The literary exchange between Heloise and Abelard is full of passion. Heloise’s first two letters in particular reveal an intelligent woman wrestling with strong emotion. Her philosophy of the importance of intention in determining the sinfulness of action is manifested in her outpouring to Abelard of the pain she has suffered since his castration and their enforced separation, the ethical legitimacy of which causes her much distress. In her letters Heloise is honest about her actions, her motivations, and the relationship she feels she can have with God as a result. Her unwavering commitment to justice and truth forms the bedrock of her philosophy. Her ethic of intention is most profoundly demonstrated in her remarks upon this subject. She proclaims that ‘wholly guilty though I am, I am also, as you know, wholly innocent. It is not the deed but the intention of the doer which makes the crime, and justice should weigh not what was done but the spirit in which it was done.’

Heloise feels a sense of guilt and responsibility for what happened to Abelard, but while likening herself to various women mentioned in the Bible who manipulated men into sin, she remarks that ‘the tempter did not prevail on me to do wrong of my own consent… though in the outcome he made me the instrument of his malice. But even if my conscience is clear through innocence, and no consent of mine makes me guilty of this crime, too many earlier sins were committed to allow me to be wholly free from guilt.’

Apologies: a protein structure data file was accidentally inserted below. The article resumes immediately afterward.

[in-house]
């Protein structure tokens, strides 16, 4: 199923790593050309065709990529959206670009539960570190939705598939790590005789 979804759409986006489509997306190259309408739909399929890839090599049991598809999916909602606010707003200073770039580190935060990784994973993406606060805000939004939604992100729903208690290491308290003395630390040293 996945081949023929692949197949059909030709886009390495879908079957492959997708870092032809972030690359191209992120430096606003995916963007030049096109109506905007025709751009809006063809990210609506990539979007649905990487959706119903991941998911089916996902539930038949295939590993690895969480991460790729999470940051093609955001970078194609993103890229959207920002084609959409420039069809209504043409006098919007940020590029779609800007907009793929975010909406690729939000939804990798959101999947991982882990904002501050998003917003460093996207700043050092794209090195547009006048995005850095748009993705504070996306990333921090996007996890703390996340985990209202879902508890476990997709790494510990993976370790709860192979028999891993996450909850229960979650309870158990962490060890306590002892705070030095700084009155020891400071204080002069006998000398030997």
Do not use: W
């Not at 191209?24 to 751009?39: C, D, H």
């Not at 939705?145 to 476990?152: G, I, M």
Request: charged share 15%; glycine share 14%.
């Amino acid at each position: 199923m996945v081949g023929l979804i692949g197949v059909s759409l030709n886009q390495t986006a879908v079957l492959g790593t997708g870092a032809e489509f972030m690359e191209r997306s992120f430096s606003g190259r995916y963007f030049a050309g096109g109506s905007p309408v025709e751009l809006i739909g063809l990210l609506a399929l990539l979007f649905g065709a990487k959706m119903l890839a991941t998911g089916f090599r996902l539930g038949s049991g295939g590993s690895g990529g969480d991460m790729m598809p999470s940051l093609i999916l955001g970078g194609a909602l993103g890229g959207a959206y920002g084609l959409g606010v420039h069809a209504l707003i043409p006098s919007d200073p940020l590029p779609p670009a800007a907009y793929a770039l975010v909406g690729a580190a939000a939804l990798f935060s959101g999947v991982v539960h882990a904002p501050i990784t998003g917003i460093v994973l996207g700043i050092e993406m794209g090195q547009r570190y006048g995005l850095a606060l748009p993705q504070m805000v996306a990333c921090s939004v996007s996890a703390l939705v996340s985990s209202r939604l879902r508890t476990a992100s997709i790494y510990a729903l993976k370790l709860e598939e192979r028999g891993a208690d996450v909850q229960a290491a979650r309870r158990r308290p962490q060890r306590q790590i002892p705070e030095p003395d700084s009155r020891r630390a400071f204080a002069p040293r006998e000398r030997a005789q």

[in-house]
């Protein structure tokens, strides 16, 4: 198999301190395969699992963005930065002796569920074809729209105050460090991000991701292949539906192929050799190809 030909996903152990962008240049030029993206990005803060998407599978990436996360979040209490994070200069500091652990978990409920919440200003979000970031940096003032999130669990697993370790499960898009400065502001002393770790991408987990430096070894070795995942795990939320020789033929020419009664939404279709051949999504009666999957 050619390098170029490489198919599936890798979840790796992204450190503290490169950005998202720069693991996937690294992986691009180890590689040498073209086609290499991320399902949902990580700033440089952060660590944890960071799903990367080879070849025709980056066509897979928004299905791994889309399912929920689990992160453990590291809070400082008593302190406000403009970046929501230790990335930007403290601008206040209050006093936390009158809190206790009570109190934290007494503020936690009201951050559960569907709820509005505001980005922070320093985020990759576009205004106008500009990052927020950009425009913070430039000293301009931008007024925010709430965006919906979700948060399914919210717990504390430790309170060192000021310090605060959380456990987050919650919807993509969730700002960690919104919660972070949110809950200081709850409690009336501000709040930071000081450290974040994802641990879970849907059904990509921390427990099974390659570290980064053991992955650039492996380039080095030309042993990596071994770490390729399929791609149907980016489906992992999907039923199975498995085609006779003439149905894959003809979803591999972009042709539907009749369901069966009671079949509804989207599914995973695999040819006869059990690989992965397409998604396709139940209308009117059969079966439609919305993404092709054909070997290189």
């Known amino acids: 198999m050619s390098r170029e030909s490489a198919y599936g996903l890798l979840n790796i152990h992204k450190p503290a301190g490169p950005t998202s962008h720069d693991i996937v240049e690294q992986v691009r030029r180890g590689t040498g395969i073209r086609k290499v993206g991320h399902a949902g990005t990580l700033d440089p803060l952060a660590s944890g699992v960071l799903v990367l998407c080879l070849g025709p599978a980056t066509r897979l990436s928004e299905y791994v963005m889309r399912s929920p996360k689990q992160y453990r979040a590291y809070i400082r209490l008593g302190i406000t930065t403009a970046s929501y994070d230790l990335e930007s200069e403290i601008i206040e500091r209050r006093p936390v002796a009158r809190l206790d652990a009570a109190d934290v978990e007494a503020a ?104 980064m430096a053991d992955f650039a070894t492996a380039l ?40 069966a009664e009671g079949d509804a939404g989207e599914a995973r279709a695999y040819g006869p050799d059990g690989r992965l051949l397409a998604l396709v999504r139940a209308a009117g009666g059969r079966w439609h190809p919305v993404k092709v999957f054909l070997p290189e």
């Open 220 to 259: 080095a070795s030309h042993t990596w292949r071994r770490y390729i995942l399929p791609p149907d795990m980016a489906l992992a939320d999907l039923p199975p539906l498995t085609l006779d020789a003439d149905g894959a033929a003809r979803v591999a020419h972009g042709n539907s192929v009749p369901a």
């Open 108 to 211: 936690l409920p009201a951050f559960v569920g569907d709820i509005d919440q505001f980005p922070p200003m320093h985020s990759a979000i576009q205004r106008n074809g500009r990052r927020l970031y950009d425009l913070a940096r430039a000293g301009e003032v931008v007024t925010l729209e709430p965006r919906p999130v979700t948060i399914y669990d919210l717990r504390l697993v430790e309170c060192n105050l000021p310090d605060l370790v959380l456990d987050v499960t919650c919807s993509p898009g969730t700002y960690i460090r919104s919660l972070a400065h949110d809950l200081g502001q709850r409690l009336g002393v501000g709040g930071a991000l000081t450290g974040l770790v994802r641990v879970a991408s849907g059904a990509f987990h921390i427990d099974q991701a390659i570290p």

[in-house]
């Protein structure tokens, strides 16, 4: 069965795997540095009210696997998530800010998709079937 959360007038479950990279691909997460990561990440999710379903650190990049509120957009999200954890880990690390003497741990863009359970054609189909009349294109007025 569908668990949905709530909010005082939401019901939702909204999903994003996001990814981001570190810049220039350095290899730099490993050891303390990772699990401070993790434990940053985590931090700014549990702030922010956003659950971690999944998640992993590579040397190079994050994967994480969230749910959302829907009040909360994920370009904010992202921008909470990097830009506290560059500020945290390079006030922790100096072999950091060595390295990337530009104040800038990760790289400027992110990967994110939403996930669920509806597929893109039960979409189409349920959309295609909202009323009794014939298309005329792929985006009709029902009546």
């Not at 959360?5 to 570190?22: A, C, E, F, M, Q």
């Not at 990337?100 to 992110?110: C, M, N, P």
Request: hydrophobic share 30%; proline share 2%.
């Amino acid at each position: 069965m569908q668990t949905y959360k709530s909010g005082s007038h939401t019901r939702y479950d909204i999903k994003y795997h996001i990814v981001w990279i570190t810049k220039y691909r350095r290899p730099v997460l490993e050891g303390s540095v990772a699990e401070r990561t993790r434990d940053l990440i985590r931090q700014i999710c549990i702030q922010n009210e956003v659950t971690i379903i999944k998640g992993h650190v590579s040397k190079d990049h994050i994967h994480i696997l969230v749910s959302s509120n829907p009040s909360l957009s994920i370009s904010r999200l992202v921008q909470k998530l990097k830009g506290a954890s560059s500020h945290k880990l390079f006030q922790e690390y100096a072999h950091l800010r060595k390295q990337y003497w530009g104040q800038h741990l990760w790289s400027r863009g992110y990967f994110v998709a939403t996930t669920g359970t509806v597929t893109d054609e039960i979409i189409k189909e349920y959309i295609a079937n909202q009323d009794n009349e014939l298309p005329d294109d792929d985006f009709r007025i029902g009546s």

She is very careful to distinguish the limits of her culpability for what occurred to Abelard. While believing he alone paid a penalty for sins they had both committed, her strong belief that because her intention toward him had always been pure she cannot be held by God to be responsible for his castration.

Her self-reflection leads her to have a very honest attitude about her relationship with God. She is open about the fact that she entered religious life to please Abelard and not God and therefore she ‘can expect no reward for this from God, for it is certain that [she had] done nothing yet for love of him.’

She freely admits that she cannot repent of her sins with Abelard, as the memory of them is too sweet for her. She still feels desire for him and remarks that ‘it is easy enough for anyone to confess his sins… but it is very difficult to tear the heart away from hankering after its dearest pleasures.’

Referring to her great public reputation for piety and chastity she remarks, ‘men call me chaste; they do not know the hypocrite I am. They consider purity of the flesh a virtue, though virtue belongs not to the body but to the soul. I can win praise in the eyes of men but deserve none before God, who searches our hearts and loins and sees in our darkness.’